Conservative leaders created “Les Loyalistes” – an unwieldy alliance of six anti-independence parties united in large part by their support for France.
Thierry Santa, president of New Caledonia and a prominent member of the Loyalist coalition, said mobilization of voters was crucial.
“Among the 33,000 people who did not vote the last time, the vast majority live in Greater Nouméa. I think some of those people, who thought the result would be 70 to 30, didn’t bother to vote. But I think the result of 2018 really disappointed them, and that will mobilize them to come out and vote next time.
But participation could also be increased within the independence movement.
In 2018, smaller groups like the left-wing Labor Party and the USTKE trade union confederation called for a “non-participation” in the referendum. This year, they are campaigning for a yes, which should increase turnout in their northern strongholds and the Loyalty Islands.
More than 11% of the population are migrants from other Pacific islands, such as Tahiti, Vanuatu and Wallis and Futuna. Historically, the large Wallisian community has supported anti-independence parties, but a younger generation is now debating its future in the Melanesian nation.
A new party, Oceanian Awakening, created in March 2019 after the first referendum, called on Polynesian voters to make their own decision to vote yes or no, rather than follow the loyalist alliance dominated by Europe.
By acting on housing, employment and improving conditions in squatter settlements, the independence movement sought to forge links within island communities.
Independence “breathes in our neck”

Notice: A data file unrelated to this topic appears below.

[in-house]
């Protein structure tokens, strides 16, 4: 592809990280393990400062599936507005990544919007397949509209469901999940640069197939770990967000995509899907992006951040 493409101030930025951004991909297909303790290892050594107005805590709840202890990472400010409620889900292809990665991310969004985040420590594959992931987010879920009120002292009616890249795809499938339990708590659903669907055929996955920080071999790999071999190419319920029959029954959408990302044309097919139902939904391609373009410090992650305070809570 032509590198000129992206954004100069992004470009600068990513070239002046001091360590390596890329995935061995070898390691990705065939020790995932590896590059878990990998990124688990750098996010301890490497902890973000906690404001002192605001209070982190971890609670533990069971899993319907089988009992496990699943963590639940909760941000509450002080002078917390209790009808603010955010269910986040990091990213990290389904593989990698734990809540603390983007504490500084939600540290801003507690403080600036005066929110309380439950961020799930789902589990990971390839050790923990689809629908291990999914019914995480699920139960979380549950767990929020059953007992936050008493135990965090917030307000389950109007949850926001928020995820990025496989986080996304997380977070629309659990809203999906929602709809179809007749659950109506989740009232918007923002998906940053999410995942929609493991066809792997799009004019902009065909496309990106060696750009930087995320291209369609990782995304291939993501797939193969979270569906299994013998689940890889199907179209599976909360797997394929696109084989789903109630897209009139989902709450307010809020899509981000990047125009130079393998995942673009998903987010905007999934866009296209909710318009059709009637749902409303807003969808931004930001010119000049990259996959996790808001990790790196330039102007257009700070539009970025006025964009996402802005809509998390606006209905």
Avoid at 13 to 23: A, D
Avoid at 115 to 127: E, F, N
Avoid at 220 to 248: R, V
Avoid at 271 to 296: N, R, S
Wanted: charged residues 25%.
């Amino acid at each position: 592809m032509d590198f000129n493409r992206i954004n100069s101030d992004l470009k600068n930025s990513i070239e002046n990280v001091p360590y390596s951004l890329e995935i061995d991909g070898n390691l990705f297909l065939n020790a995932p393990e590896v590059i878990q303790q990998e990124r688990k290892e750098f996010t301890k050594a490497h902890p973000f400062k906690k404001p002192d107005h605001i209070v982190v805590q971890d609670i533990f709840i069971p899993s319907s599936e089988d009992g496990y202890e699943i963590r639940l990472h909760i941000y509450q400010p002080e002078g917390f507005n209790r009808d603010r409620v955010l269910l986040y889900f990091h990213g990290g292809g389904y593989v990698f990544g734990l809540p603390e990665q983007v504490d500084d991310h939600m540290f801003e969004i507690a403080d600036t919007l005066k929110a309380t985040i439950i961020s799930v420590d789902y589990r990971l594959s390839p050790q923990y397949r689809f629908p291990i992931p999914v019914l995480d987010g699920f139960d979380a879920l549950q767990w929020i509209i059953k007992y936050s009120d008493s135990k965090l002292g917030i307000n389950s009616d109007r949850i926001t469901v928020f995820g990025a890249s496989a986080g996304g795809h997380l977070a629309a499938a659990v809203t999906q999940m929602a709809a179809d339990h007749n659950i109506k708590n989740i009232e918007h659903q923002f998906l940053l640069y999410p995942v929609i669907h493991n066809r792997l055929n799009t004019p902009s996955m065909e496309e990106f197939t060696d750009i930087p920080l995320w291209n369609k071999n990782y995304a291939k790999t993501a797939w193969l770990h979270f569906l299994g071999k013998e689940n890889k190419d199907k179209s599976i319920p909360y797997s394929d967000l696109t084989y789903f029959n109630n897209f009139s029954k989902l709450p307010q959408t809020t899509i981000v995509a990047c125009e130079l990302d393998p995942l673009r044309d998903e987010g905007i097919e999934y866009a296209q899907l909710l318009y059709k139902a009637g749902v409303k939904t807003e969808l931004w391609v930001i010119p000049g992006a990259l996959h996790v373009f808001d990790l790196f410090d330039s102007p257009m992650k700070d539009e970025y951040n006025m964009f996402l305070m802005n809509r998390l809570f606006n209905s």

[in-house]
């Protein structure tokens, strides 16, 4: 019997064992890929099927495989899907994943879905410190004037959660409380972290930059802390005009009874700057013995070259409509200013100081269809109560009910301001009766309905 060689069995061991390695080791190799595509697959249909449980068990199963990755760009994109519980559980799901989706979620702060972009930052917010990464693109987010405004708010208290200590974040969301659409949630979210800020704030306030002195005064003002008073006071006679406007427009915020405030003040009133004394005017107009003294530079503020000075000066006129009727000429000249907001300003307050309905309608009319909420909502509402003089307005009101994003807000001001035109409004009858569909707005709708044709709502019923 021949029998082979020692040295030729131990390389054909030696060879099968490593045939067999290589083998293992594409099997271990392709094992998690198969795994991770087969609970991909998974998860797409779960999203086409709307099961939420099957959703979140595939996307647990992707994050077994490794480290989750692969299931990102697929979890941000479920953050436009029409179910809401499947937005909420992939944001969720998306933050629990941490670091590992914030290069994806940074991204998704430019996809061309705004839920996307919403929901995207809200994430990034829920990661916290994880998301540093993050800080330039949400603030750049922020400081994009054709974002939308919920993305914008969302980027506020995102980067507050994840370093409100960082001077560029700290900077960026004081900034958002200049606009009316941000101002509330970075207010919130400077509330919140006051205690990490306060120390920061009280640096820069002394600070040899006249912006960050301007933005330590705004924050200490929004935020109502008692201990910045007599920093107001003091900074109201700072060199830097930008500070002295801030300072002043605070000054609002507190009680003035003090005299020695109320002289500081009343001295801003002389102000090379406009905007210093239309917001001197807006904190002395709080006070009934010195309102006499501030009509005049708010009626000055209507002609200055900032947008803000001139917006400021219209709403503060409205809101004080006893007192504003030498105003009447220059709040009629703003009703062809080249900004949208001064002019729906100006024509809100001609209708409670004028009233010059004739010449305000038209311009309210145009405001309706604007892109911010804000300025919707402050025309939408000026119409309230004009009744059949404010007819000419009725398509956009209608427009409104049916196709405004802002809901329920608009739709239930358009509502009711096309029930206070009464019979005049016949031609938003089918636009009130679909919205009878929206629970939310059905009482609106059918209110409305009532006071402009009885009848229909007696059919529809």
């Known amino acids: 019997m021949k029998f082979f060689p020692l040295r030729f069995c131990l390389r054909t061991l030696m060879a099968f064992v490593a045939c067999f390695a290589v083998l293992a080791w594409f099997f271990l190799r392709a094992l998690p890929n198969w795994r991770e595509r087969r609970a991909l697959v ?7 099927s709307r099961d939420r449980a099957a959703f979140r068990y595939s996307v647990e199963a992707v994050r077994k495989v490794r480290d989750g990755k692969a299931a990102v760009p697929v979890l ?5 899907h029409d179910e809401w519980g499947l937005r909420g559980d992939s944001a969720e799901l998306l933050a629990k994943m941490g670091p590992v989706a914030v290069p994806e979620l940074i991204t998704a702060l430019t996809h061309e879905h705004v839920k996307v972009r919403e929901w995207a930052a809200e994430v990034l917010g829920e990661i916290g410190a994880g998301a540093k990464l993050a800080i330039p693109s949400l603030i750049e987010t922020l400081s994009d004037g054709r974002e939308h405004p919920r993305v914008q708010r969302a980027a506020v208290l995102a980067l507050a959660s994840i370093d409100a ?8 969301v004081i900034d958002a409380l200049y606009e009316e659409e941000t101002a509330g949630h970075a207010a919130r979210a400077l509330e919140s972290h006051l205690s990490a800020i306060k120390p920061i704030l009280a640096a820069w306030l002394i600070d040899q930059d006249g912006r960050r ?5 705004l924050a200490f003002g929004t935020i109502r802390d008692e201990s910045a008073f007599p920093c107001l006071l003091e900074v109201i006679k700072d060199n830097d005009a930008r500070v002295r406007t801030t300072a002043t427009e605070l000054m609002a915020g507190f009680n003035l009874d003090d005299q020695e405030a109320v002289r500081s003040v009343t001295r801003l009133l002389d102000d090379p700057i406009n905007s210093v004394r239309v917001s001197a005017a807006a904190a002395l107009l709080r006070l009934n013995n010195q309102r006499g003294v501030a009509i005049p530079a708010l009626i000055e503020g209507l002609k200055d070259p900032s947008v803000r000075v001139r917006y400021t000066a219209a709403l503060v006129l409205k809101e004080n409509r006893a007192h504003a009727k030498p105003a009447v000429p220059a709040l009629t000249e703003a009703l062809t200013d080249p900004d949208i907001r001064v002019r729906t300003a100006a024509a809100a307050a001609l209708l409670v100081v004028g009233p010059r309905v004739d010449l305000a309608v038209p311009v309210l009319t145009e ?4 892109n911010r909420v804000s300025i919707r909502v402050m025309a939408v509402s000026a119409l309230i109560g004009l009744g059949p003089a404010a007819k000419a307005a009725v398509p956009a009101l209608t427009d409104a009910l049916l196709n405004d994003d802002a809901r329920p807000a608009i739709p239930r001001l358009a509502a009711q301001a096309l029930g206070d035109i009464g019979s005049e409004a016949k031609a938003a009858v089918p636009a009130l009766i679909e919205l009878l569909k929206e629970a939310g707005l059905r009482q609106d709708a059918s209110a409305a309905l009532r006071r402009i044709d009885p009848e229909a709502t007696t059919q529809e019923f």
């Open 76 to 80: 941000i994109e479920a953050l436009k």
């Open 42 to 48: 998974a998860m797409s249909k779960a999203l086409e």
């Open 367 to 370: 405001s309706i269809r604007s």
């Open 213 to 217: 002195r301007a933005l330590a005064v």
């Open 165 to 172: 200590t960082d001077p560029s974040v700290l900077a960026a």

The global coronavirus pandemic has added another element of uncertainty.
As France suffers from more than 31,000 deaths from Covid-19, there are loyalist concerns that the new French government under Prime Minister Jean Castex is distracted by home affairs, even as the debate s ‘is stepping up in New Caledonia on future relations with Paris.
With just 28 cases of Covid-19, the government of New Caledonia has put strict quarantine measures in place for international travelers.
Under pressure from Kanak rulers, the government still maintains strong border controls, even though closures and the global recession have disrupted tourism, transportation, and the export of nickel, New Caledonia’s key resource.
Conservative politician Philippe Gomes, who represents New Caledonia in the French National Assembly, argues that a strong Yes vote would be a “powerful psychological blow” even if it fails to secure a majority.
“The same is true for our [loyalist] movement: we want to stay stable or increase our score. If they manage to increase their yes vote by two or three percent, our people will feel the independence movement sweeping through their necks.
Roch Wamytan, president of the Congress of New Caledonia and a veteran member of the largest independence party, the Union Calédonienne, says he hopes a wave of support from young Kanak and island voters will strengthen the cause of Yes .
“I’m not sure we get more than 50% and maybe we will have to wait for the third referendum, but we certainly hope to get a few more percentage points … that will strengthen us in the discussions we will have to undertake with the state. French. “
Ultimately, however, within the FLNKS, trust is supreme. Extract from their campaign booklet promoting the Yes: “The road to independence and sovereignty is inevitable.”